In the US there are approximately 2.5 million miles of pipelines. Although the debate continues regarding whether or not to add pipelines, there are issues surrounding whether or not the existing pipeline structures are safe.
Pipelines are typically safer than trucks when it comes to transporting certain goods, however, when a pipeline malfunctions, it is disastrous. Consider the Kalamazoo River oil spill in 2010 which leaked 840,000 gallons of crude oil costing almost $800 million. Last February, a natural gas pipeline exploded in Allentown, PA killing five people. As the age of the nations pipelines increase, many of which are over 50 years old, the issue of pipeline safety and monitoring is becoming a growing concern.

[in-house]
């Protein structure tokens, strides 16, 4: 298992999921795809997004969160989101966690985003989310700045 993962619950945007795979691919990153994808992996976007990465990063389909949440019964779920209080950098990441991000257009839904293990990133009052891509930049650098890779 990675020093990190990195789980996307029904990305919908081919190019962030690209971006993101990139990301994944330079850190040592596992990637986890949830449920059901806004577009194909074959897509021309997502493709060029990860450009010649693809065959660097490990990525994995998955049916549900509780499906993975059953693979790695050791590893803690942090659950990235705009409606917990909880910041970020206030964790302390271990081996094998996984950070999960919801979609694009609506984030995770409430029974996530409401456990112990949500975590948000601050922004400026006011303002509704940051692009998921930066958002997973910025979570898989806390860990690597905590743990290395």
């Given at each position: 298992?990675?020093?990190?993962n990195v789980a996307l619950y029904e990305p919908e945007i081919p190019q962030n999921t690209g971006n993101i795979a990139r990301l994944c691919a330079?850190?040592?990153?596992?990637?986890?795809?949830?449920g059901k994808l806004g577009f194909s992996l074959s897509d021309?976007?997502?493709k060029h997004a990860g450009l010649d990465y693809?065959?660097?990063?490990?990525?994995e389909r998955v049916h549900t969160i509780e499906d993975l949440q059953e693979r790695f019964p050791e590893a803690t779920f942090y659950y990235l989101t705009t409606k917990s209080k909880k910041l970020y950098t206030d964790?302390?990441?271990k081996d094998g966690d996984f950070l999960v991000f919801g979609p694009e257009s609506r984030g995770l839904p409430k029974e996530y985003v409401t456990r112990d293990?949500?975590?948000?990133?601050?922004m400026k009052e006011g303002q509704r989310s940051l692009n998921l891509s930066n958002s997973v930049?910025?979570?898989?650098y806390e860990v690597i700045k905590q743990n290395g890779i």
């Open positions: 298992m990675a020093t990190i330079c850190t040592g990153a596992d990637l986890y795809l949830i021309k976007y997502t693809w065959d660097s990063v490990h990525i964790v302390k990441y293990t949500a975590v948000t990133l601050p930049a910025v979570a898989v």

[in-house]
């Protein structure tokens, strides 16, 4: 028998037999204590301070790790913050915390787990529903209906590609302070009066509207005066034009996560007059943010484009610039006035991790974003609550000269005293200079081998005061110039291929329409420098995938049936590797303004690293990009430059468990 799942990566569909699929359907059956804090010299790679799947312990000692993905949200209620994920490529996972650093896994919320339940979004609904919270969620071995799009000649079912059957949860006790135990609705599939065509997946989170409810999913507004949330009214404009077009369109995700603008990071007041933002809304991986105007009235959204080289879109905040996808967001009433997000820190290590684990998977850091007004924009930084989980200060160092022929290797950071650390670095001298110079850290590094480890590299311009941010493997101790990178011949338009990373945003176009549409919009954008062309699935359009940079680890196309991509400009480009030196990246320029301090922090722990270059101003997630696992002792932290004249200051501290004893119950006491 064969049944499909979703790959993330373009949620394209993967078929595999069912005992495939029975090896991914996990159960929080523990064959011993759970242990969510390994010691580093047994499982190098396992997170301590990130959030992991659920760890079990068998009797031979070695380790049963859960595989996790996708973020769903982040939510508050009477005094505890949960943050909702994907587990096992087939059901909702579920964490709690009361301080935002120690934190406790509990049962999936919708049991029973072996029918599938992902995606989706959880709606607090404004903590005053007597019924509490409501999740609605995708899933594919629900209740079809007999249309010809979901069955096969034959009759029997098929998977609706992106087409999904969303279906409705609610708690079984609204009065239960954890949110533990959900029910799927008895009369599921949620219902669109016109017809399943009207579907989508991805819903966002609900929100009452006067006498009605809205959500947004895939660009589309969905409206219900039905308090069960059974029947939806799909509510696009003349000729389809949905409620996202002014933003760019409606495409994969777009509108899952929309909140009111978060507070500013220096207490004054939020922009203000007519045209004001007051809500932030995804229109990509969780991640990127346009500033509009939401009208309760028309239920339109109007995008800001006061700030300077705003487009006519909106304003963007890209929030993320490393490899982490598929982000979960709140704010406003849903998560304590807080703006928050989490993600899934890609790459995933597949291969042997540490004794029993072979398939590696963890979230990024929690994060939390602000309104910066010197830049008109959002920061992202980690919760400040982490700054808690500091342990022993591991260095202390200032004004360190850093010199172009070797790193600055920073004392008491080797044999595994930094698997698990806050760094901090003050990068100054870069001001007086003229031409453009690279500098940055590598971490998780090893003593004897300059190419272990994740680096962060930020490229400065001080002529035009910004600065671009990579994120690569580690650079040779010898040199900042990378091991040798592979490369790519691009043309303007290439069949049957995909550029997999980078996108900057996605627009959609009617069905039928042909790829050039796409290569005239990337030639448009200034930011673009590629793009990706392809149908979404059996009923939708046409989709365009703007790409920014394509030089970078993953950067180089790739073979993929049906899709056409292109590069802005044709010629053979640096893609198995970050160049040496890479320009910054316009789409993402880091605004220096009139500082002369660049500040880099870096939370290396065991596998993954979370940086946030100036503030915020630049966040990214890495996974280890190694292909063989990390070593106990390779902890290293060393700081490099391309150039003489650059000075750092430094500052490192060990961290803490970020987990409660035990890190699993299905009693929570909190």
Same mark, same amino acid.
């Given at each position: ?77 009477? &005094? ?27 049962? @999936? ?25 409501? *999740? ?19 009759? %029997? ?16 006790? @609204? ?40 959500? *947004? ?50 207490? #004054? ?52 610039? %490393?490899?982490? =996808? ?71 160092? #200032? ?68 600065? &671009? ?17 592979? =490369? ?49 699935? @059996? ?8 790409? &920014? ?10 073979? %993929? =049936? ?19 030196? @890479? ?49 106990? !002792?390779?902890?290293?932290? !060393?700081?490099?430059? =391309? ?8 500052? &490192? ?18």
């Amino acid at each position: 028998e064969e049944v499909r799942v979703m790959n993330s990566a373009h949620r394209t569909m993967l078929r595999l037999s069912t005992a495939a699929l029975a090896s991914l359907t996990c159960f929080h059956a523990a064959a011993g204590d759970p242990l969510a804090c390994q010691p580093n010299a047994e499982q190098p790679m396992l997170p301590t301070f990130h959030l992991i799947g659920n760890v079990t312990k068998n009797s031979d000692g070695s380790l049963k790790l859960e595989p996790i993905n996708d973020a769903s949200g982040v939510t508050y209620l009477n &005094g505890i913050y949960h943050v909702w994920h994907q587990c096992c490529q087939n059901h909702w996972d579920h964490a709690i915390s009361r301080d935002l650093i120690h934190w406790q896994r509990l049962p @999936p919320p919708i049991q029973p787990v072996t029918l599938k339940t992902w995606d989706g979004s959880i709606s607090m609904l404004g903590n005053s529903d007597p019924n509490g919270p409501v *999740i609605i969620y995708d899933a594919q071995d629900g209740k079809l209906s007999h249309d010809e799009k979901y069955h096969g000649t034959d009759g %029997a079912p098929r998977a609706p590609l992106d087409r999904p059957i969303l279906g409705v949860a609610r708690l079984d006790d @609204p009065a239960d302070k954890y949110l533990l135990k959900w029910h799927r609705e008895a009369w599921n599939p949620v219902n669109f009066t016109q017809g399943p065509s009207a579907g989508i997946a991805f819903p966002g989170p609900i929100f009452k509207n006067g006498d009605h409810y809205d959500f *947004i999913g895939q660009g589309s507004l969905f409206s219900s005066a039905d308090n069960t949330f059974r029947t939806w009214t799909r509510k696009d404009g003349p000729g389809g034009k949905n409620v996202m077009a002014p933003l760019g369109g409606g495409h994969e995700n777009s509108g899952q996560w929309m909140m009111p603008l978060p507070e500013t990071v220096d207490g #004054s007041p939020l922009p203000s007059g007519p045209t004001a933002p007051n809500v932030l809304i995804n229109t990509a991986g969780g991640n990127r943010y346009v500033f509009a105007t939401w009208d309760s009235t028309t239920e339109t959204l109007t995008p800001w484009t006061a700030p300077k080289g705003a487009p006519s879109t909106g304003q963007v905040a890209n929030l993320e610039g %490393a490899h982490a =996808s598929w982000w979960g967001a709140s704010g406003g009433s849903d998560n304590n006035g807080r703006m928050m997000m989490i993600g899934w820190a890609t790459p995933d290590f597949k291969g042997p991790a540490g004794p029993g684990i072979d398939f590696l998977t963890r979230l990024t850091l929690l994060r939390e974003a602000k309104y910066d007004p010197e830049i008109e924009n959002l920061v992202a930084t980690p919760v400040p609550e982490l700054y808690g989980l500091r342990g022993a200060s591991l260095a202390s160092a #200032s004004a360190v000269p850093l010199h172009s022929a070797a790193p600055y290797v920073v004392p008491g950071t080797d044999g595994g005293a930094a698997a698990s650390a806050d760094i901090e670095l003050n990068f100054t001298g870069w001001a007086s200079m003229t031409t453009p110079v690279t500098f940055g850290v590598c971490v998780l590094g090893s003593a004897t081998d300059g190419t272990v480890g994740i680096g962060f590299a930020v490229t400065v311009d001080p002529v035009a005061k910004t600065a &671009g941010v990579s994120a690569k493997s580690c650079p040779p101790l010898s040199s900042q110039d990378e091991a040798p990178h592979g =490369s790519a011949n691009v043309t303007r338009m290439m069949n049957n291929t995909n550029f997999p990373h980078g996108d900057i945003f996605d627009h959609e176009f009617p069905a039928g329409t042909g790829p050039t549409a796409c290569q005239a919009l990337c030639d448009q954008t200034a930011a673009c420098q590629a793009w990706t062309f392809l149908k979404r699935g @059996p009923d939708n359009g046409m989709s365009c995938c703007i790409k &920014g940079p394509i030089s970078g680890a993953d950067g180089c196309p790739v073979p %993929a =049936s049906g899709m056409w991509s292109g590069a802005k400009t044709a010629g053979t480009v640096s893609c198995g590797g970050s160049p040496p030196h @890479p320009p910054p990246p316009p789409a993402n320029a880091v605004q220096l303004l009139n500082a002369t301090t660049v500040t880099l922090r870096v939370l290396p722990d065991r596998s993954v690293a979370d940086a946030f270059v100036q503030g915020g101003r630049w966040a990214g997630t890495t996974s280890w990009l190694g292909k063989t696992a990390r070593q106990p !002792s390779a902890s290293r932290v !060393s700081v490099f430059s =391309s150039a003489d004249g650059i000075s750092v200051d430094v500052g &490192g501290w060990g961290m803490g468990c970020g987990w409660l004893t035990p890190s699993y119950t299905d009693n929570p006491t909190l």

With limited government regulation and few resources to monitor potential issues, the extent to which issues can be fixed is a problem. While additional safety measures and automatic tests would be a practical solution, not all companies can afford these options. For those that can, there are automatic shut off valves which can stop the flow of gas or oil in case of an emergency. This could have lessened the damage in the Kalamazoo River oil spill. Another option is a robotic device that crawls through the pipeline and cleans out debris while taking measurements to detect problems. With the potential expansion of US pipelines, it is important to maintain the existing infrastructure for safety and environmental reasons.